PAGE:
“People are hives…”
— Virginia Woolf
Once in a while, you meet someone who really makes you stop for a moment, and think a little differently about how you view the world. It might be the inflection in her voice, the way she phrases words like a singer would, how her eyes twinkle when she engages you in conversation, or how she can explain a point of view on any given matter with refreshing earnestness. Sanna Russo, who has worked in the MacKenzie-Childs furniture decorating department for nearly twenty years, is most definitely one of those people. I’ve observed her over the years as she sits at her decorating station quietly working away on countless projects, some of incredible complexity and demanding of exceptional skills; she’s like a one-woman arts-and-crafts movement! Recently, I had the wonderful opportunity to catch up with Sanna and learn a bit more about exactly what makes her tick.
She grew up on a small farm in Finland among a very interesting family of five: her father a farmer, and her mother a farmer’s wife who was also a sculptor, whose pursuit in the arts was very active throughout the ’80s and ’90s. The entire family cherished education, and Sanna credits her mother for helping encourage her talent in painting and the arts. She claims this early training as a child is where she first developed her ability to see things dimensionally, constantly studying light and shadow while observing her mother sculpting gypsum cast reliefs and busts. In addition to her unbelievable skills with a brush, Sanna is also an incredible and avid knitter, trained in traditional Scandinavian techniques.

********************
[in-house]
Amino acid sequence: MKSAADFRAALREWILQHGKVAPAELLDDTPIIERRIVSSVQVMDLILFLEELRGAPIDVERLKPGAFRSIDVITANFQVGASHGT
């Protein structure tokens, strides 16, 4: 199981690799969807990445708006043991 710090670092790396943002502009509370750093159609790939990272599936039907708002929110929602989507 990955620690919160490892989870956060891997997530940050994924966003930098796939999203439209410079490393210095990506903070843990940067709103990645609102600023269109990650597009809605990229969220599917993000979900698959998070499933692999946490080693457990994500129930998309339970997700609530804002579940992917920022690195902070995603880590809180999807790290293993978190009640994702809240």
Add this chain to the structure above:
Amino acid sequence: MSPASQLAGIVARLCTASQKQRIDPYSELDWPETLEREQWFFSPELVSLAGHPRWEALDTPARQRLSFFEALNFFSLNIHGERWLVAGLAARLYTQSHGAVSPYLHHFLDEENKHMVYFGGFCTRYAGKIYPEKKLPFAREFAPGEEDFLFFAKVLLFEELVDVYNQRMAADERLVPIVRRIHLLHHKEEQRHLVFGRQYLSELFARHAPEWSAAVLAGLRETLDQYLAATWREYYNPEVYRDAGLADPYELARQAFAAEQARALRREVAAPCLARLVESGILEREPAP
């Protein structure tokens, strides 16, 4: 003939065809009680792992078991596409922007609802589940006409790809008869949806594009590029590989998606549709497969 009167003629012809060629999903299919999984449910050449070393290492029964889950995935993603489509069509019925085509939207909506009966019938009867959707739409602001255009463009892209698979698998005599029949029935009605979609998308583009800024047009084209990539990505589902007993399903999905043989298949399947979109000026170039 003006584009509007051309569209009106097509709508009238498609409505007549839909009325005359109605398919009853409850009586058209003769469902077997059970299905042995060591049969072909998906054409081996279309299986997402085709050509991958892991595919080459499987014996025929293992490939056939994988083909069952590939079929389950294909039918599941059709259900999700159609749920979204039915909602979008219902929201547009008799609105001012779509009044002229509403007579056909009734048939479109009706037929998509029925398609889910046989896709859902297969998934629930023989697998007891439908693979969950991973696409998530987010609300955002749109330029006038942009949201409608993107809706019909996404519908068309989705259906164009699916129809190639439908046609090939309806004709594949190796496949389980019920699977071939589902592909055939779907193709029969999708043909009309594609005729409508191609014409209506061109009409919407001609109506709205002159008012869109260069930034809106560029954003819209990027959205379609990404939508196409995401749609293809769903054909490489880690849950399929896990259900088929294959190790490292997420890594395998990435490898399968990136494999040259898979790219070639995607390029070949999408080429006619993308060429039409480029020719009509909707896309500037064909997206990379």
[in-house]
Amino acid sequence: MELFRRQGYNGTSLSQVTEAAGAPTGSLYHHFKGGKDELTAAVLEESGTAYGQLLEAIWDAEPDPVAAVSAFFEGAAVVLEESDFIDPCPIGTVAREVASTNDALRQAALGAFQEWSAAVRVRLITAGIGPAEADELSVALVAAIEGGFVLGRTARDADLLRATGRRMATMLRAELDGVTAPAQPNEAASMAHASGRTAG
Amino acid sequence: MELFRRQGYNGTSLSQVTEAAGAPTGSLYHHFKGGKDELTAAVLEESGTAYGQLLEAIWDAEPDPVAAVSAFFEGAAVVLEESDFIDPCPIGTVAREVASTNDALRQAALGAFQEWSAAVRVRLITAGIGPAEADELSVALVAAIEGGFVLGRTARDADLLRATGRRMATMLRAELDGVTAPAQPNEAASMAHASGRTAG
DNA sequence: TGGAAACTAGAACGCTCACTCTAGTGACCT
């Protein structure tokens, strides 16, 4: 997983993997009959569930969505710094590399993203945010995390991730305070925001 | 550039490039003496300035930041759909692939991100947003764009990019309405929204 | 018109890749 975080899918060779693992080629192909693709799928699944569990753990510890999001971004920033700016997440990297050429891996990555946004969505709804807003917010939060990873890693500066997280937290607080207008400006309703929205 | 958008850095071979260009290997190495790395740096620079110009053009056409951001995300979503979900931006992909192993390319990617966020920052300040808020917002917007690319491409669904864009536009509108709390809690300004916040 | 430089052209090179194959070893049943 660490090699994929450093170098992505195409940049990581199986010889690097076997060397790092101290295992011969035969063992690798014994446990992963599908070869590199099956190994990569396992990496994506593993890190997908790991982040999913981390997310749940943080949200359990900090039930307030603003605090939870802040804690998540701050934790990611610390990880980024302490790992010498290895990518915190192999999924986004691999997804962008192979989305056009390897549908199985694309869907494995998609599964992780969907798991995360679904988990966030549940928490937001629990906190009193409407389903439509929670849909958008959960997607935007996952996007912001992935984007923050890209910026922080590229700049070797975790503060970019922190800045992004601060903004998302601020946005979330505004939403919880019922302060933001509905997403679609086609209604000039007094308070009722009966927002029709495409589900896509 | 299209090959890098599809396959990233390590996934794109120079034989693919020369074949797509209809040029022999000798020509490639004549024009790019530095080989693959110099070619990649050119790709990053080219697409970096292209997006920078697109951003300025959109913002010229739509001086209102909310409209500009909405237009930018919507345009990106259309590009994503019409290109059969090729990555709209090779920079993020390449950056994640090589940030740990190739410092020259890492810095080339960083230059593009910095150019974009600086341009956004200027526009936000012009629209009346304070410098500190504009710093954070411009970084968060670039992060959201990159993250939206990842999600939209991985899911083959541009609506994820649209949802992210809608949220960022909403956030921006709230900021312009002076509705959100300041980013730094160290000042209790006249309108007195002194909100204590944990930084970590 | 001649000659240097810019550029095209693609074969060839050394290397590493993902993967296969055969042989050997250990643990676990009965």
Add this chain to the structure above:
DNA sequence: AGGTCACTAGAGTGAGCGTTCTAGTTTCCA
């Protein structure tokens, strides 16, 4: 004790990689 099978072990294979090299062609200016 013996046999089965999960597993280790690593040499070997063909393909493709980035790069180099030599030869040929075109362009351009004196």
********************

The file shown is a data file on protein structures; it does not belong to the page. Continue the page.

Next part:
She adores where she now lives, tucked away in a quiet corner of the Finger Lakes. Despite the onward rush of society, satellite television, and the ubiquitous Internet, she feels people here are still profoundly connected to nature and the earth. This is important to her in that it’s exactly how she grew up; she even knows how to drive a workhorse! (How many people do you know who can do that?) Sanna also loves the very diverse and colorful nature of her colleagues at MacKenzie-Childs and deeply appreciates the idea of sharing stories of our experiences as a way of contributing to each other.
True to her old-world heritage, where everyone absorbs knowledge and skills from the older generation, Sanna is also an exceptional cabinet maker. At the age of seven, her father gave her a carving knife as a birthday present because he grew tired of her dulling, or sometimes even losing, his carving knives. Today, her left hand is full of scars earned while learning woodcarving. Sanna went on to attend Lahti Institute of Industrial Design in Finland. Her teacher once said “I will never be able to teach you all what you can do, but I can show you what you should not do.” And finally: “Don’t cut your fingers off!”
Today we all feel so fortunate to be able to work side-by-side with such a wonderful talent, and incredibly precious person.
Sanna Russo, furniture decorator since 1996.